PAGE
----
P.S. Yes, the above comments were previously posted. In upgrading the website this week, this devotional, “The Burden of Debt,” was inadvertently deleted from the archives, and had to be re-sent in order to be included in the archives with other previous EDL postings.  Thank you for your understanding . . Christian Communications, Inc

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Living Generously

August 2nd, 2013

“For God loves the person who gives cheerfully.” 2 Corinthians 9:7 NLT

Generosity resides in a heart that values people more than possessions.

My thoughts and comments today are about “living generously.”

Generosity is more an attitude than your financial ability. It is about sharing what you have generously and happily because you can bless someone. It is not primarily about dollars; it is a matter of the heart. And generosity is wonderfully double-edged, blessing the person who gives as well as the person who receives. Jesus taught, “Give, and it shall be given to you. A good measure, pressed down, shaken together, and running over, will be poured into your lap. For with the measure you use, it will be measured to you.” Luke 6:38 NIV. The specific context of this verse is about judgment and forgiveness, but the principle embraces giving and receiving, whatever the particular currency of exchange.

First, be generous with God. Giving is about planting a seed and planning on a harvest. God is the only one who can promise you a harvest, so that would be the best place to begin. Remember it is God who provided your seed. “Honor the Lord with your wealth, and from the first of all your produce; so your barns will be filled with plenty, and your vats will overflow with new wine.” Proverbs 3:9-10. A tithe is elementary, the minimum of giving. Read Malachi 3:10. Generosity only begins with a tithe, not ends there. Some people feel that they cannot afford to tithe; I don’t see how you can afford not to do so. “Whoever sows sparingly will also reap sparingly, and whoever sows generously will also reap generously . . For God loves the person who gives cheerfully.” See 2 Corinthians 9:6-11 NIV.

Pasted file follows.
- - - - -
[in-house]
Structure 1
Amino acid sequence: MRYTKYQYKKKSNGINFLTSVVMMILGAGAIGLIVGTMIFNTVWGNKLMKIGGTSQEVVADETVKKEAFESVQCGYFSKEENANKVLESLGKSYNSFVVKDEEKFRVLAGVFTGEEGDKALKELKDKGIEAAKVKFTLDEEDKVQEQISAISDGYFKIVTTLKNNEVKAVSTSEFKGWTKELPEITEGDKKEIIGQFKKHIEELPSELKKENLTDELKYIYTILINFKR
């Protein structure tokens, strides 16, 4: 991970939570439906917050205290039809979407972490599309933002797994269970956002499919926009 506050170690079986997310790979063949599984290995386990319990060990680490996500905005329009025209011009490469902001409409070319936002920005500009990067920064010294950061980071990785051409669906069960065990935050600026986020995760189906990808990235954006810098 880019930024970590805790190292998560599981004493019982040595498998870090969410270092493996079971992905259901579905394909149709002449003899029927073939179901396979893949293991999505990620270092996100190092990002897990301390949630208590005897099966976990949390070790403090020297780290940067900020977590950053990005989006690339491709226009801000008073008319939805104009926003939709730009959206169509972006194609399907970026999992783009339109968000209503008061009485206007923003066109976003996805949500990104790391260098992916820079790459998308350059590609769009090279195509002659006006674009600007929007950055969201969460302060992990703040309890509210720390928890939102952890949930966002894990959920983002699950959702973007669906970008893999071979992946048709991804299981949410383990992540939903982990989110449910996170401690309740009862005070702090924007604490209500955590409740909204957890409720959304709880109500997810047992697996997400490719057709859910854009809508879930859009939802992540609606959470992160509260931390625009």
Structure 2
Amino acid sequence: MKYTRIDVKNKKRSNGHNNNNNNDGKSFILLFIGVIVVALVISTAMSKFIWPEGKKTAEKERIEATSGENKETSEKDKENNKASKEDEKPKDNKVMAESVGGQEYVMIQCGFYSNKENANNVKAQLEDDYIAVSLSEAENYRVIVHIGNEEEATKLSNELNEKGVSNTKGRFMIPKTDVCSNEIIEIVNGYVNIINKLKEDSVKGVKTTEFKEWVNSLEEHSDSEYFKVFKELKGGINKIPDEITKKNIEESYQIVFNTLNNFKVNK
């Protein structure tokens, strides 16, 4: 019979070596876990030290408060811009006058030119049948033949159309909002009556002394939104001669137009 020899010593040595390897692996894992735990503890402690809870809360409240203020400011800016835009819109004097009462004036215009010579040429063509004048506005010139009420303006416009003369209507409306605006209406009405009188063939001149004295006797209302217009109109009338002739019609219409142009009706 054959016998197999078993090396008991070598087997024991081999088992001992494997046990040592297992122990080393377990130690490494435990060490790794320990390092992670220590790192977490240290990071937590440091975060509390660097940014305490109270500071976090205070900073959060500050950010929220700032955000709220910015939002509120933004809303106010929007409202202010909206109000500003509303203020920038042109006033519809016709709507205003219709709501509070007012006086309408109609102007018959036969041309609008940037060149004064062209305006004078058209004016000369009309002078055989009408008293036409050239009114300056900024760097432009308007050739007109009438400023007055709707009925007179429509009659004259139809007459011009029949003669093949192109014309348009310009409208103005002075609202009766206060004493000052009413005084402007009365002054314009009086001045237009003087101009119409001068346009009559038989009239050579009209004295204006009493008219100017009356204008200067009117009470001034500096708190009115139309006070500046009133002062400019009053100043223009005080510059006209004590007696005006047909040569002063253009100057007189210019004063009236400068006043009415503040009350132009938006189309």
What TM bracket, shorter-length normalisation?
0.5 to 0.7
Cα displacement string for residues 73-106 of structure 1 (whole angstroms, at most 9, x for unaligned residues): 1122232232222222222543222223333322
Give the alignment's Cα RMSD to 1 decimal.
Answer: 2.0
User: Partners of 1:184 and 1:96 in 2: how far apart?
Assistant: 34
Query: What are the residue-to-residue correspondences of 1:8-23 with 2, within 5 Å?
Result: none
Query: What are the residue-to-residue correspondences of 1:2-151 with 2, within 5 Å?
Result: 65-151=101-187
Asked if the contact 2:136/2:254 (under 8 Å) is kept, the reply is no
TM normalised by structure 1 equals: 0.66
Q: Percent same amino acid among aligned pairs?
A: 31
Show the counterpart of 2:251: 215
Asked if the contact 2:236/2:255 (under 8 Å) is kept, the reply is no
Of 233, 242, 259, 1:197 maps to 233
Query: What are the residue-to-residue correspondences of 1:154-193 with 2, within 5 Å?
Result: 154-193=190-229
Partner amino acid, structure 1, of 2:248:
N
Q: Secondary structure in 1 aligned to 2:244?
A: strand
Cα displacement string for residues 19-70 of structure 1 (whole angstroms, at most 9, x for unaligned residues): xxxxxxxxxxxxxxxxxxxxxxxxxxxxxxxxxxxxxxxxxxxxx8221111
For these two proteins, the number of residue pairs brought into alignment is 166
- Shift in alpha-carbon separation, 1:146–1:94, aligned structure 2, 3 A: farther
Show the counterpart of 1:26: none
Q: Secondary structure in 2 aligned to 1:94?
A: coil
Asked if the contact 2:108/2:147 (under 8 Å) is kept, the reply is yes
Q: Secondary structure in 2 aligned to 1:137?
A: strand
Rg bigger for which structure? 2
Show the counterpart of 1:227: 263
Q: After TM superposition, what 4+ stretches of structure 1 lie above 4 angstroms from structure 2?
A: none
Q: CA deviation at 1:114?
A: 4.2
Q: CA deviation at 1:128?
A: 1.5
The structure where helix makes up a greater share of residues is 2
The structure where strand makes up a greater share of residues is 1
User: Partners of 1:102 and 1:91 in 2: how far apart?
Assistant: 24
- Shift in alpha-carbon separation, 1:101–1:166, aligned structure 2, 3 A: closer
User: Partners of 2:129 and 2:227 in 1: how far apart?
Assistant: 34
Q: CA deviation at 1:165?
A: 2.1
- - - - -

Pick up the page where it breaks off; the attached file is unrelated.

Secondly, be generous with yourself. By that I mean save and invest something for your future, out of what God provides you. No farmer eats or sells all he harvests. Some of a previous harvest is always kept as seed for a future harvest. You should do the same. A goal would be 10%, but start with at least something regularly however small that might seem now. The financial principle of compounding causes even a little to multiply over a long time, more than you might realize.

Then, be generous with others. An elementary aspect to generosity is paying your financial obligations to others in a timely manner,as you promised. It is not appropriate to owe someone yet continue building debt complicating your ability to repay the first creditor, or lavishing money on yourself without faithfully dealing with the debts you owe.

Secondly, generosity is helping others in practical and tangible ways when you see the opportunity and feel directed to do so. “A generous man will prosper; he who refreshes others will himself be refreshed.” Proverbs 11:25 NIV. Look for occasions when what you have: money, resources, and connections, and what you can do: talents, skills, and abilities can ease the burden and circumstance of another.

Generosity resides in a heart that values people more than possessions; it does not require wealth. Generosity is a lifestyle that you choose, rather than an obligation or occasional occurrence. Generosity is a deliberate decision you make about your stewardship of things with which you have been entrusted, neither whimsical nor subject to emotion or mood of the moment. Read 1 Timothy 6:18-19 NKJV.